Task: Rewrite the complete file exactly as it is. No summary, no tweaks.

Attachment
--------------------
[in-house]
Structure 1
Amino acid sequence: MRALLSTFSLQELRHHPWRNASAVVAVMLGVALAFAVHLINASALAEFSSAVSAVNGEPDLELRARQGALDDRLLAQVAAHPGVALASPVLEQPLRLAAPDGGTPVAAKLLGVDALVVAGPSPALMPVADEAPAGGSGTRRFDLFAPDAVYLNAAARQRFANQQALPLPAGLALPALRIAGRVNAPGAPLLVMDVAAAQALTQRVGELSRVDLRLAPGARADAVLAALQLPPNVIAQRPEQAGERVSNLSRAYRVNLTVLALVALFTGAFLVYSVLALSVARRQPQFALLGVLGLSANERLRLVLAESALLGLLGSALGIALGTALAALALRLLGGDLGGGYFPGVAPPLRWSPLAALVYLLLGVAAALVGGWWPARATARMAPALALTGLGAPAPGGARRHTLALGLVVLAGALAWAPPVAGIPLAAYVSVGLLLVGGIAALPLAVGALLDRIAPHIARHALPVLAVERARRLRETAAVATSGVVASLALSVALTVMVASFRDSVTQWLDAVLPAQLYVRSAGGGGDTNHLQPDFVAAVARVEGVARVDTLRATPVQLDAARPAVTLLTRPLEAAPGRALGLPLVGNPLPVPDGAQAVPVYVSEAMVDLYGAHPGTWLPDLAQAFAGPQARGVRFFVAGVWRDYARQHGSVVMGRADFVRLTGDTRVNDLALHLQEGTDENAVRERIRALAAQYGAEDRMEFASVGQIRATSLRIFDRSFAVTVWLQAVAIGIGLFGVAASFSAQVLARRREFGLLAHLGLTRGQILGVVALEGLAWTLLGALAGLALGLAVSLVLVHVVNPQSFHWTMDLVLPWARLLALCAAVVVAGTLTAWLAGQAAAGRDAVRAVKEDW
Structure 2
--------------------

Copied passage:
[in-house]
Structure 1
Amino acid sequence: MRALLSTFSLQELRHHPWRNASAVVAVMLGVALAFAVHLINASALAEFSSAVSAVNGEPDLELRARQGALDDRLLAQVAAHPGVALASPVLEQPLRLAAPDGGTPVAAKLLGVDALVVAGPSPALMPVADEAPAGGSGTRRFDLFAPDAVYLNAAARQRFANQQALPLPAGLALPALRIAGRVNAPGAPLLVMDVAAAQALTQRVGELSRVDLRLAPGARADAVLAALQLPPNVIAQRPEQAGERVSNLSRAYRVNLTVLALVALFTGAFLVYSVLALSVARRQPQFALLGVLGLSANERLRLVLAESALLGLLGSALGIALGTALAALALRLLGGDLGGGYFPGVAPPLRWSPLAALVYLLLGVAAALVGGWWPARATARMAPALALTGLGAPAPGGARRHTLALGLVVLAGALAWAPPVAGIPLAAYVSVGLLLVGGIAALPLAVGALLDRIAPHIARHALPVLAVERARRLRETAAVATSGVVASLALSVALTVMVASFRDSVTQWLDAVLPAQLYVRSAGGGGDTNHLQPDFVAAVARVEGVARVDTLRATPVQLDAARPAVTLLTRPLEAAPGRALGLPLVGNPLPVPDGAQAVPVYVSEAMVDLYGAHPGTWLPDLAQAFAGPQARGVRFFVAGVWRDYARQHGSVVMGRADFVRLTGDTRVNDLALHLQEGTDENAVRERIRALAAQYGAEDRMEFASVGQIRATSLRIFDRSFAVTVWLQAVAIGIGLFGVAASFSAQVLARRREFGLLAHLGLTRGQILGVVALEGLAWTLLGALAGLALGLAVSLVLVHVVNPQSFHWTMDLVLPWARLLALCAAVVVAGTLTAWLAGQAAAGRDAVRAVKEDW
Structure 2